VNF Parameters

VNF parameters are parameters that are defined in VNFDs and that you can use in lifecycle event scripts.

Configuration parameters

The VNFD's configurations field describes an entity which contains a set of configuration parameters. Configuration parameters are key-value pairs. Here is an example of a VNFD's configurations field:


Out-of-the-box parameters

There are some out-of-the-box parameters that will be added automatically to the execution environment when running the scripts. These parameters are:

  • The IP address of the VNF
  • The floating IP address of the VNF (if it exists)
  • The hostname of the VNF

Provides parameters

The VNFD's provides field is not used when working with the Generic-VNFM so you can ignore them if you are not planning to use your own VNFM. The provides field is a list of parameter keys that will be available in all your scripts. The difference is that these parameters are parameters whose actual value will be known only at runtime. For that reason these parameters can only be filled by a specific VNFM. So you need to implement a VNFM able to handle these specific parameters in the fillSpecificParameters method (see How to write a VNFM).


How to use the parameters

All of the parameters mentioned above are available inside the lifecycle event scripts of the corresponding VNFR as environment variables. You can refer to them with their key. For example, if you defined a configuration parameter with the key title and the value This is the title, you can refer to it by writing $title inside your scripts.

The out-of-the-box parameters are a special case, since you did not specify a key for them. You can refer to them in the scripts like this:

Out-of-the-box-parameter Usage of variables in scripts Value
The IP address $< network_name > The IP address assigned to the virtual machine belonging to the network with name
The floating IP address $< network_name >_floatingIp The floating IP address assigned to the virtual machine belonging to the network with name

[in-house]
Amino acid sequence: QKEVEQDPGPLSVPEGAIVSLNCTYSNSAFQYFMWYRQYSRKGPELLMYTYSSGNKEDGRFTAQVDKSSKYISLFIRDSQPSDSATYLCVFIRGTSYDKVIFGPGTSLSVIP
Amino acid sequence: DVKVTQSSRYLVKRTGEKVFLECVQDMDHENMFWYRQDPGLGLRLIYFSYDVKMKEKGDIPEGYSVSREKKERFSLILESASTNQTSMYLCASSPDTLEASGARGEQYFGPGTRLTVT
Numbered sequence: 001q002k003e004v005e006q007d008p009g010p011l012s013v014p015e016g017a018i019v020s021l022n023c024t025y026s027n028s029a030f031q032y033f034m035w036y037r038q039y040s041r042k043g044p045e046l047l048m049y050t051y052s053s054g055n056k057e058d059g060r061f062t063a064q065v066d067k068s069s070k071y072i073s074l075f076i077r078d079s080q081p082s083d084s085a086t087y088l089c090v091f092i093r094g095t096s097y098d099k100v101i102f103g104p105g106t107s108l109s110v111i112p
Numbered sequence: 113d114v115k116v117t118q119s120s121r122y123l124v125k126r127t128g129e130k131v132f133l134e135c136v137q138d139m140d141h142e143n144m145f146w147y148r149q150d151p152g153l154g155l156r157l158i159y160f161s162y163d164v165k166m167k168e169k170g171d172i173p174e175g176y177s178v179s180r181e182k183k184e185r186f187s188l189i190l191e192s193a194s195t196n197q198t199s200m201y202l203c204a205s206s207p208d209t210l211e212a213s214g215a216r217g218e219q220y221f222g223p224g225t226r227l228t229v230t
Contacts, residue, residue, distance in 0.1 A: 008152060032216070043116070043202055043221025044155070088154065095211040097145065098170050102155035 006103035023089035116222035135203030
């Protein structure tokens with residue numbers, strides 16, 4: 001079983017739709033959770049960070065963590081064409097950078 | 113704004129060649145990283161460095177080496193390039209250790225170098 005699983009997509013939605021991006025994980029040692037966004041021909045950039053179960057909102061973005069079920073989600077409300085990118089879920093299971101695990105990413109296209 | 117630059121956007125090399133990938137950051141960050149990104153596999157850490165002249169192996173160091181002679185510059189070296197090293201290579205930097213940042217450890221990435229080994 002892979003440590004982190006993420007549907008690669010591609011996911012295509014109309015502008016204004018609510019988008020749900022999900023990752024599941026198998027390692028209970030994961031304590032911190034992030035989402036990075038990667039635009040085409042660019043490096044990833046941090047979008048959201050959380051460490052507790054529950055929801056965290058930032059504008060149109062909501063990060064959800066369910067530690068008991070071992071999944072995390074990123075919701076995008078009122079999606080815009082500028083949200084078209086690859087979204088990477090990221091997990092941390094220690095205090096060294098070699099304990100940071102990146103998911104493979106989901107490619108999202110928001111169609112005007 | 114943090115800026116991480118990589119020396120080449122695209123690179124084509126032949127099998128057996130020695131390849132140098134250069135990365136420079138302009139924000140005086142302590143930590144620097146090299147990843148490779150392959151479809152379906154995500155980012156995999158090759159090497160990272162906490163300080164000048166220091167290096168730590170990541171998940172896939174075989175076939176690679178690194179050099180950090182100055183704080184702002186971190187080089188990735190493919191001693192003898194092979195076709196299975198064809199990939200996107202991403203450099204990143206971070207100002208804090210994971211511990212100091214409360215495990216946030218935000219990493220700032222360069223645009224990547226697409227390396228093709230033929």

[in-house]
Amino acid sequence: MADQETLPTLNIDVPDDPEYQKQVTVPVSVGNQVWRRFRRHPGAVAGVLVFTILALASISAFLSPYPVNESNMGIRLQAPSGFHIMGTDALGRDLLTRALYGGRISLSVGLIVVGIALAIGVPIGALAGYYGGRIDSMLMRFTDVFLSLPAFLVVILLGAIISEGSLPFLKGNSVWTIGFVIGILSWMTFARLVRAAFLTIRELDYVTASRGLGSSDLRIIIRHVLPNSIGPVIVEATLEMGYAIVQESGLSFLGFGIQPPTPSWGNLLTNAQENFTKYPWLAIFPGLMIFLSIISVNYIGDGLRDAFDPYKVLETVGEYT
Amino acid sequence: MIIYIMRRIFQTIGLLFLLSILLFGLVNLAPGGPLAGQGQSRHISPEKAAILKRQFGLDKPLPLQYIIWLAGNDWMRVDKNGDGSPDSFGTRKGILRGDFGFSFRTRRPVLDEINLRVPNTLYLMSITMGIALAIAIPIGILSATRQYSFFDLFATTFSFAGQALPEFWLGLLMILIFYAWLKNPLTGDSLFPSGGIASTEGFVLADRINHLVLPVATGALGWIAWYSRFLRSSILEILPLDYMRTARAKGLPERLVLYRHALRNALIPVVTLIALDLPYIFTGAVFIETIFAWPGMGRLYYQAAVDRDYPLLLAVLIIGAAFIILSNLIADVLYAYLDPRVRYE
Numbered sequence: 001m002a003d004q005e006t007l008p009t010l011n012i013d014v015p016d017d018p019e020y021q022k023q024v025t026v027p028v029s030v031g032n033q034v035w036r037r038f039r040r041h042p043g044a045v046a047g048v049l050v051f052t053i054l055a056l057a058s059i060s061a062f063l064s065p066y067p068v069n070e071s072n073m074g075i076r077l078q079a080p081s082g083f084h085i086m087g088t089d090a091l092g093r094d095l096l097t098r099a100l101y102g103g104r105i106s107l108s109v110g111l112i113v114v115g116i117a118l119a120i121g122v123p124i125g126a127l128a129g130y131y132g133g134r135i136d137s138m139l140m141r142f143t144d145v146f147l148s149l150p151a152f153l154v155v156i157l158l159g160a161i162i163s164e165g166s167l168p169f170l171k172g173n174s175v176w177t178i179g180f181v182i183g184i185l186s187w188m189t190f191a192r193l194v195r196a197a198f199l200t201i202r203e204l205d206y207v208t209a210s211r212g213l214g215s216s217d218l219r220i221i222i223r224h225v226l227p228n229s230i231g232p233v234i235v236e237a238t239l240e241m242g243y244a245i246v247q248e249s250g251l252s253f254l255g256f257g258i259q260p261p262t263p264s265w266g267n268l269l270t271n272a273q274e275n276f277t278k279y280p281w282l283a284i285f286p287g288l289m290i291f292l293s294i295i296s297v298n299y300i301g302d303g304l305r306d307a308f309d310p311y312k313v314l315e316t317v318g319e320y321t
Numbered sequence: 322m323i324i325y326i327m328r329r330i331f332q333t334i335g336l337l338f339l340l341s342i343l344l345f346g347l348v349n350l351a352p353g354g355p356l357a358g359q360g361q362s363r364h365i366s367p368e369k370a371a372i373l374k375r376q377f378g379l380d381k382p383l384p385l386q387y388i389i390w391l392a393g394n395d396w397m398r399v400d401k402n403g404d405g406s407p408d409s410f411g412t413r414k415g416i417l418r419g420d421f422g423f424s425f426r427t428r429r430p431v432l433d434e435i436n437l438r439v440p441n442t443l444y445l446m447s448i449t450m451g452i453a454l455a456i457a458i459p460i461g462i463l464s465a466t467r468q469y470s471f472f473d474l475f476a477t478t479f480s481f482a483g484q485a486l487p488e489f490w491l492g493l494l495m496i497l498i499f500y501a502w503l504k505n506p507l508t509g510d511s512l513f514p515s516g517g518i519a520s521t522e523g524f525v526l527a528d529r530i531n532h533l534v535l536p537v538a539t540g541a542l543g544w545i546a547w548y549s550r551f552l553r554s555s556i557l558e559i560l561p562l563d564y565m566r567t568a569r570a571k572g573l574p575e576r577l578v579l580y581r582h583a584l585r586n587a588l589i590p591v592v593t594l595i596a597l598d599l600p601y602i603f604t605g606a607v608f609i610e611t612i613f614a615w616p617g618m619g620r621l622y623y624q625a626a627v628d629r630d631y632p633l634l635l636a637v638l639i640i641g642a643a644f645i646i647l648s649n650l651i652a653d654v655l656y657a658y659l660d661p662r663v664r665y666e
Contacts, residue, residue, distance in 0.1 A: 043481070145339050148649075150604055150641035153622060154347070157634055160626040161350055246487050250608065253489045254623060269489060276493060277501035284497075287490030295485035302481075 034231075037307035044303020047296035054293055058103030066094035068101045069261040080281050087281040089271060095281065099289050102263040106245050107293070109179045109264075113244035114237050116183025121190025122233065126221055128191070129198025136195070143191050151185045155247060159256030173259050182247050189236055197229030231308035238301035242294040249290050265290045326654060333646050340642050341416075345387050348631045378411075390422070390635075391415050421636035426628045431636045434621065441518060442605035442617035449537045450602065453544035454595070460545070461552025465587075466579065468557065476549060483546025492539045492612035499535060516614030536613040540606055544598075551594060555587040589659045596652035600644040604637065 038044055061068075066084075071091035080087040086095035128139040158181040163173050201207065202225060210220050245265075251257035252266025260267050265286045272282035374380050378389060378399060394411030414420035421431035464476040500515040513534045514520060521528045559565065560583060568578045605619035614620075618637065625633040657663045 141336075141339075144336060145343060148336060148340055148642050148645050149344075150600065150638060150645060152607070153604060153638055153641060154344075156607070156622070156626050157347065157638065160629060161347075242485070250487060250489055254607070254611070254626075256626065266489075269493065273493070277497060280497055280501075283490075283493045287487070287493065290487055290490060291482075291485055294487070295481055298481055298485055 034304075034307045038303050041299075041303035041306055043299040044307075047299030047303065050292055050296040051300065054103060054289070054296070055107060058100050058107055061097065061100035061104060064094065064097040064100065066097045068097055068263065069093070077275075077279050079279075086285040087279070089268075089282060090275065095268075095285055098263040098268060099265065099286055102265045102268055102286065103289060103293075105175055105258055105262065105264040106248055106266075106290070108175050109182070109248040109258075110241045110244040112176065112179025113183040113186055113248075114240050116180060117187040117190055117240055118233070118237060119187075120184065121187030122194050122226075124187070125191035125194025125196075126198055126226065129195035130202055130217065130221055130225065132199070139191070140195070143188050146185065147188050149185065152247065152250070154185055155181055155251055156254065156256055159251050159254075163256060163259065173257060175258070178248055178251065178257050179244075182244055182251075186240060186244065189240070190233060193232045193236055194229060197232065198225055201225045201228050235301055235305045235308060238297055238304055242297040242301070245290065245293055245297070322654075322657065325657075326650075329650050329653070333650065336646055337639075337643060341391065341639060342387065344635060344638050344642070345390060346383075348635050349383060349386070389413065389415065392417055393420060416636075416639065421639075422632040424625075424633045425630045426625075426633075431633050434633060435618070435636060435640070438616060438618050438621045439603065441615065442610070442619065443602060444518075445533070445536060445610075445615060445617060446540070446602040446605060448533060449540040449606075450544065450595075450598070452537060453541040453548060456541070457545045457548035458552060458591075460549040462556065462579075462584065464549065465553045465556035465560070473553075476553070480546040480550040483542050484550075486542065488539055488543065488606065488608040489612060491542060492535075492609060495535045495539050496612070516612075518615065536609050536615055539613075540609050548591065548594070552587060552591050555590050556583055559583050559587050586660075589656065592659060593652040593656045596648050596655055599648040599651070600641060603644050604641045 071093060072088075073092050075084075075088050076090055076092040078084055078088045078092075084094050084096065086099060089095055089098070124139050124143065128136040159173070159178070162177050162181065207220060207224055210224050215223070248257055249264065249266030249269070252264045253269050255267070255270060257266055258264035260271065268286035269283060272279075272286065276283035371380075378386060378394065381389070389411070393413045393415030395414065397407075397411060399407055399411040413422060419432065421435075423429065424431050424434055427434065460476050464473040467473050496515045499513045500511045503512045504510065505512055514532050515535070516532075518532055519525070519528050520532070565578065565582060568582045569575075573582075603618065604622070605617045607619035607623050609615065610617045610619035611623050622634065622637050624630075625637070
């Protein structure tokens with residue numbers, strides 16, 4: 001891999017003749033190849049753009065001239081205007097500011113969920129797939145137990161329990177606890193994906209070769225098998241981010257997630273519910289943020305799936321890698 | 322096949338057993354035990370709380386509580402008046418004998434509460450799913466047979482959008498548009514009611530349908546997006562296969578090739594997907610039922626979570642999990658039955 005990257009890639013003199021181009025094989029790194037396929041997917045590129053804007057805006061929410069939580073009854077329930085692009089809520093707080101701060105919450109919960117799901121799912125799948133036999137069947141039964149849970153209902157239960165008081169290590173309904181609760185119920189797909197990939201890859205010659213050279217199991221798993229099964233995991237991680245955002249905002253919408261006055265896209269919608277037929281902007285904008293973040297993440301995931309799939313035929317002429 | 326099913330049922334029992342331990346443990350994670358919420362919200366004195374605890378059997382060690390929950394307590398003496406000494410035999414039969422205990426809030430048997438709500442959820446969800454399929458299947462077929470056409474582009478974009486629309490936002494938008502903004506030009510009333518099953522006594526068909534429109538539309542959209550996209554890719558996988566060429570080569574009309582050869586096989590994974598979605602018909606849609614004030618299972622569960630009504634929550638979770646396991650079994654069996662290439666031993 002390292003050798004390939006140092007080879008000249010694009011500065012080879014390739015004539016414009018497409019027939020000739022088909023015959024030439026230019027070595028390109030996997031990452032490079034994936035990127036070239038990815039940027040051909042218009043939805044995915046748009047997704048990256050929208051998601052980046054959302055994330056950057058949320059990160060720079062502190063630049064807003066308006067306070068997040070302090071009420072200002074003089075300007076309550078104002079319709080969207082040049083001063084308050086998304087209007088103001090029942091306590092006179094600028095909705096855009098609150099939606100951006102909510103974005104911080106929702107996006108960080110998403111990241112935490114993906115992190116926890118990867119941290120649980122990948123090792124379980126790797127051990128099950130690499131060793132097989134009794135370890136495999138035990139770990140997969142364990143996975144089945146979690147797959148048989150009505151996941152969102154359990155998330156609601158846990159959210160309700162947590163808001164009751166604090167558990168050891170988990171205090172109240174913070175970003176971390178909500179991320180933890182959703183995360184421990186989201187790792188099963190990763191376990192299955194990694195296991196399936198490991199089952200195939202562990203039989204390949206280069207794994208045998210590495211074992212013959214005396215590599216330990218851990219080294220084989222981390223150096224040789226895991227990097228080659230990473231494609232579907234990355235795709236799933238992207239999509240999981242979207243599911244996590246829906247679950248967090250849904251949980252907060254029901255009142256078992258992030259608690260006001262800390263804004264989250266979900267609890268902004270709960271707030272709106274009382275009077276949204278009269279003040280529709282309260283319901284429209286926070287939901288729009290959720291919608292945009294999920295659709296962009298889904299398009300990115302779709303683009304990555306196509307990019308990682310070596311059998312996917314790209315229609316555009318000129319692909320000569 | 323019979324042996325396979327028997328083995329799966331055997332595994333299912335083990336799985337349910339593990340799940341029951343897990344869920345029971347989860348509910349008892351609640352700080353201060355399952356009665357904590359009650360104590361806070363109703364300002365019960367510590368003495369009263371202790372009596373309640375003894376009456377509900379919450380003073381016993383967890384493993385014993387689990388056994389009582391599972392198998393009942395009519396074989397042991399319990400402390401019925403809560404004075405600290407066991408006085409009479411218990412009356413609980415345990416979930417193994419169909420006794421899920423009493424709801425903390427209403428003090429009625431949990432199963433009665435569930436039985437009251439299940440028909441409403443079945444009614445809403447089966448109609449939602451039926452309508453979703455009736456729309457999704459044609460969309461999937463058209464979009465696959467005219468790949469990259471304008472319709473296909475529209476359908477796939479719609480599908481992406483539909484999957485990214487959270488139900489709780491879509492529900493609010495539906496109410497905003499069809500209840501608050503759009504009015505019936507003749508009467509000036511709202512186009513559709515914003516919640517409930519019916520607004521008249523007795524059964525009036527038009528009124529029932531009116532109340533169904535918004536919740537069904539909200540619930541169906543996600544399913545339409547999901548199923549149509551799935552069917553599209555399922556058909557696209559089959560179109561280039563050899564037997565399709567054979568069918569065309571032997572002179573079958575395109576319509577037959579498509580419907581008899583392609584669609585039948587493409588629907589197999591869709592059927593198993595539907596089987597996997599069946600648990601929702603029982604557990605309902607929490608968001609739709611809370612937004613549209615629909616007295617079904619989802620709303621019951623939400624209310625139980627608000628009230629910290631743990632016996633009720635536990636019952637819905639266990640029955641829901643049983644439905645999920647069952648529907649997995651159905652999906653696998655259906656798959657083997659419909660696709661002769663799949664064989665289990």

The hostname $hostname The hostname assigned to the virtual machine

Note: Sometimes it may be that the names of VNF parameters are not conform with bash environment variables. For example if a network name contains a hyphen (e.g. network-one). In those cases are the hyphens replaced by Open Baton automatically with underscores. So in you scripts you would write $network_one instead of $network-one.

How to use parameters passed through a VNF dependency

As described here, you can have VNF dependencies between VNFs and pass VNF parameters through these dependencies. If you want to use these parameters inside your scripts, you have to consider a few things. The VNF parameters passed through a VNF dependency are only available inside the CONFIGURE lifecycle event scripts and only if the script names start with the source VNF's type followed by an underscore. In other lifecycle events you will not be able to use them. Environment variables derived from VNF parameters passed through a VNF dependency have a special naming rule. If you have one VNF of type server and another VNF of type client and the server is the source and the client is the target of a VNF dependency passing some VNF parameters, then you have to prepend the type of the source VNF (in our case server) to the environment variables for referring to the VNF parameters. Here is an example:

Assume that we have the two VNFs described above, that means one of type server and one of type client. And we have a dependency between the two which passes the server's IP address and one of its configuration parameters to the client. Here is how such a dependency might look like:


Now we can use the values of the two parameters netname (which is the virtual link to which the server VNF is connected) and confParam inside of the client's CONFIGURATION lifecycle scripts.


echo "Server IP: $server_netname"
echo "Server configuration parameter: $server_confParam"

Note: That the lifecycle script's name has to start with the source VNF's type and an underscore, in this case for example


You are always able to use the parameters of a VNF simply using the key as variable name, but when you want to use a parameter of a different VNF (passed through a dependency) you need to specify the VNF type followed by an underscore and then the name of the foreign parameter key (for instance $typeExt_key). But be aware that you can use foreign parameters only in CONFIGURE lifecycle event scripts.